Gender Identification: In most lovebird species, males and females look alike and the only sure method of identifying their gender may be DNA sexing (or surgical sexing). Once they have reached maturity (when they are about one year old), there may be behavioral indicators, such as shredding paper and stuffing the paper strips into its feathers (mostly female behavior - although some males also do it) or regurgitating for its owners (male behavior as the male typically feeds the nesting female) ... More on lovebird sexing.
There are 9 species, of which 8 are commonly available as pets.
Aggressive Behavior with Other Birds and Animals
As loving and affectionate as these birds tend to be with their chosen mate (whether it's another bird or a human), as aggressive they can get with those they deem to be intruders or competitors for their mate's affection. Their dominant and territorial nature can be a big issue with other pets -- such as birds in the household, but even cats, dogs will be ferociously attacked. Because of this, their interactions with other pets should be supervised.
Even though they have been kept without too many problems in large communal settings, in cages they will fiercelessly compete for the space and are known to bite off the toes of other birds. In general, they should not be kept with smaller birds or even the docile cockatiels.
To minimize risk of injury or even death, lovebirds should be housed only with their own species with plenty of room for all.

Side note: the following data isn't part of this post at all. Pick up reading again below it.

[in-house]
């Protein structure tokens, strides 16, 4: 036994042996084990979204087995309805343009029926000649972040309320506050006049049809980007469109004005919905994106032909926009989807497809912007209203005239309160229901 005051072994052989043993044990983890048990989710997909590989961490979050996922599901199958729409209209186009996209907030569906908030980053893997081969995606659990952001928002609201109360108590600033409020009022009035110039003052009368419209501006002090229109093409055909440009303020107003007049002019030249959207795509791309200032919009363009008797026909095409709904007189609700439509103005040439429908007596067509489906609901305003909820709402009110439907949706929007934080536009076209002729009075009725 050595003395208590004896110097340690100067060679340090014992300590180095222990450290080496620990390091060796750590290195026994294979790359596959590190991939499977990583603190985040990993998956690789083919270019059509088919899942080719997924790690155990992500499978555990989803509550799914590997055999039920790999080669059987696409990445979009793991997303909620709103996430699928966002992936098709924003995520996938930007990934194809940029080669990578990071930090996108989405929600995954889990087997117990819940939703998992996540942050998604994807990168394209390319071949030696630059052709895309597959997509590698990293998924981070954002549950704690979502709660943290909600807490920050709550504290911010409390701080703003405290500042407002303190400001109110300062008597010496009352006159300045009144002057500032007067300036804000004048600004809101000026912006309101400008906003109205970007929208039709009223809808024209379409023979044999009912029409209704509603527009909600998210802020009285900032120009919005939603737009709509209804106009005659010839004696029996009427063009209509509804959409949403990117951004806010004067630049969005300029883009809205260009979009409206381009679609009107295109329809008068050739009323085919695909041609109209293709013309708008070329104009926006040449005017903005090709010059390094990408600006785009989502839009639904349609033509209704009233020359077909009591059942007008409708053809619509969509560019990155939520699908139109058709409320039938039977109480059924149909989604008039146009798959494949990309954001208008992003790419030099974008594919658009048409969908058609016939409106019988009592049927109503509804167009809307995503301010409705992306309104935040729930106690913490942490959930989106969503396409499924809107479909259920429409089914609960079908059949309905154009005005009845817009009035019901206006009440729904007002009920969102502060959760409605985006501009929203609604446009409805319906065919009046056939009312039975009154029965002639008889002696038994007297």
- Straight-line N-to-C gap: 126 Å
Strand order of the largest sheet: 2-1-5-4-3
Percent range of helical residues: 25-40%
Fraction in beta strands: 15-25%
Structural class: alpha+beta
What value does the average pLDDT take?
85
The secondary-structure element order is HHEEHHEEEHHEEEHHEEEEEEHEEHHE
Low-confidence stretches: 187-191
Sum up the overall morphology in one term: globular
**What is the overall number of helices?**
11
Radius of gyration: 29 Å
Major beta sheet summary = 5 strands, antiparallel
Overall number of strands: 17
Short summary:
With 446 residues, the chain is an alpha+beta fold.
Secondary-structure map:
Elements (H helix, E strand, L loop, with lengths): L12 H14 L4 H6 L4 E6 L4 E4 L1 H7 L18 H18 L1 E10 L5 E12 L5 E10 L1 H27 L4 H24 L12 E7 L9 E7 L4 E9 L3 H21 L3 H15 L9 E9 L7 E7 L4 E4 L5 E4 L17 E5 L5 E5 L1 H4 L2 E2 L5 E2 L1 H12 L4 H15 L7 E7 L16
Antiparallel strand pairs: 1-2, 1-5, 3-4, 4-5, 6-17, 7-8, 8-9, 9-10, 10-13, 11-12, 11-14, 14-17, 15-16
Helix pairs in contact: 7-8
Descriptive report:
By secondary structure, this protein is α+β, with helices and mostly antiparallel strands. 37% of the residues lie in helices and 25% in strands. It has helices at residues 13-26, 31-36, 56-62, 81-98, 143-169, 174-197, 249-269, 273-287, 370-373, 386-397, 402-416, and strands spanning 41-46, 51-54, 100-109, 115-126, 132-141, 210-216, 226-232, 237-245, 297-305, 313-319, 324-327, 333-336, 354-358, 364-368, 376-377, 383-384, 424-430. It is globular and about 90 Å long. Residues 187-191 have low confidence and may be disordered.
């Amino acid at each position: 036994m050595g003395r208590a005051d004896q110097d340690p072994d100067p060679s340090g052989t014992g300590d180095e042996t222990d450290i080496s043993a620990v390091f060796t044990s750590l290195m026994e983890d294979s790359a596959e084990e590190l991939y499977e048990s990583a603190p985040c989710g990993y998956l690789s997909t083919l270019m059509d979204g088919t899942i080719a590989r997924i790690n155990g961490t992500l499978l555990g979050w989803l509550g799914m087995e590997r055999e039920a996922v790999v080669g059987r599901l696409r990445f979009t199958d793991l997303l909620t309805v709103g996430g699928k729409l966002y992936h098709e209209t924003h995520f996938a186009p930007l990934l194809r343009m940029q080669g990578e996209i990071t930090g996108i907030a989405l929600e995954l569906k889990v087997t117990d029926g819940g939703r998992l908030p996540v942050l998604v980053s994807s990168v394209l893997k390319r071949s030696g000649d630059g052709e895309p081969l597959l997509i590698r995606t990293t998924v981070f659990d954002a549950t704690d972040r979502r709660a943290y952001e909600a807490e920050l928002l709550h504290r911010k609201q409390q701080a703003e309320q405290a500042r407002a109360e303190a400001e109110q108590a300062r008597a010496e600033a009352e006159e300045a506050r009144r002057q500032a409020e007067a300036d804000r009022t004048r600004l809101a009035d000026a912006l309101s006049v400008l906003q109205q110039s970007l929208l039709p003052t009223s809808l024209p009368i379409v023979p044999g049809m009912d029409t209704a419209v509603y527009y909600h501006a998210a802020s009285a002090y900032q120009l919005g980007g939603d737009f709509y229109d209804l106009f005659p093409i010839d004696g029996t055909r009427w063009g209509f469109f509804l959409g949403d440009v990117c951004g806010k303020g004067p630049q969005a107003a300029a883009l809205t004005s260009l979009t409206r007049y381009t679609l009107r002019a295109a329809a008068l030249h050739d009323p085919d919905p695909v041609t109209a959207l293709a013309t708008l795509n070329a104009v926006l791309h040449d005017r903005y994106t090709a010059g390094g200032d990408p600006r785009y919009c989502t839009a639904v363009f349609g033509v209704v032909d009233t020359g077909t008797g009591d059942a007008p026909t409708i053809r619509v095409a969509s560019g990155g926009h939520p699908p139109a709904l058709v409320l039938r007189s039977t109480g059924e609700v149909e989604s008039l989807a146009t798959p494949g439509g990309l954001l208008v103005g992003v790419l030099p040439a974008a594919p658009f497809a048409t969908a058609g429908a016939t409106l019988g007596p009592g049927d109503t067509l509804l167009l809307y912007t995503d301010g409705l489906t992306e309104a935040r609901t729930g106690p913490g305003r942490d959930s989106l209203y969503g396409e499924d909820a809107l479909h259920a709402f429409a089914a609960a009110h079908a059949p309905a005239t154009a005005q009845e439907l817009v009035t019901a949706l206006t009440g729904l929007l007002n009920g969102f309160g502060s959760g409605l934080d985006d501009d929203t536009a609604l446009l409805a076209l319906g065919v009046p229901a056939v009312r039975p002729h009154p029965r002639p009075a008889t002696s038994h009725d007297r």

The best breeding results is typically achieved when kept in a colony system (for some of the rarer species, this may not apply - please read up on the respective species pages).
A group of five or six pairs requires an aviary a minimum of three meters long (~10 feet) and one meter (~3 - 4 feet) wide. They may also be bred successfully using the cabinet system, where cabinets no less than 80 x 50 x 50 cm are (30 x 20 x 20 inches) recommended.
Hens build substantial nests and will spend a lot of time gathering twigs and other nest building materials from their surrounds. For more information on breeding these birds, please visit this webpage.
Diet / Feeding
Their natural diet includes various fruits, vegetables, plant material, grasses and seed. Black-winged Lovebirds (also known as Abyssinians) also feed on insects and figs.
Black-collared Lovebirds have a special dietary requirement for native figs, making them problematic to keep in captivity.
Lovebird Diet: Proper nutrition for good health and longevity. (Please also refer back to the respective species pages for specific requirements, particularly when it relates to the rare species (listed above), which have some significant differences in nutritional requirements ...
Relevant Web Resources:
Class: Aves ... Order: Psittaciformes ... Family: Psittacidae ... Subfamily: Psittacinae ... Genus: Scientific: Agapornis ... Dutch: Onafscheidelijken ... German: Unzertrennliche ... French: Inséparables ... CITES II - Endangered Species
Species Research by Sibylle Johnson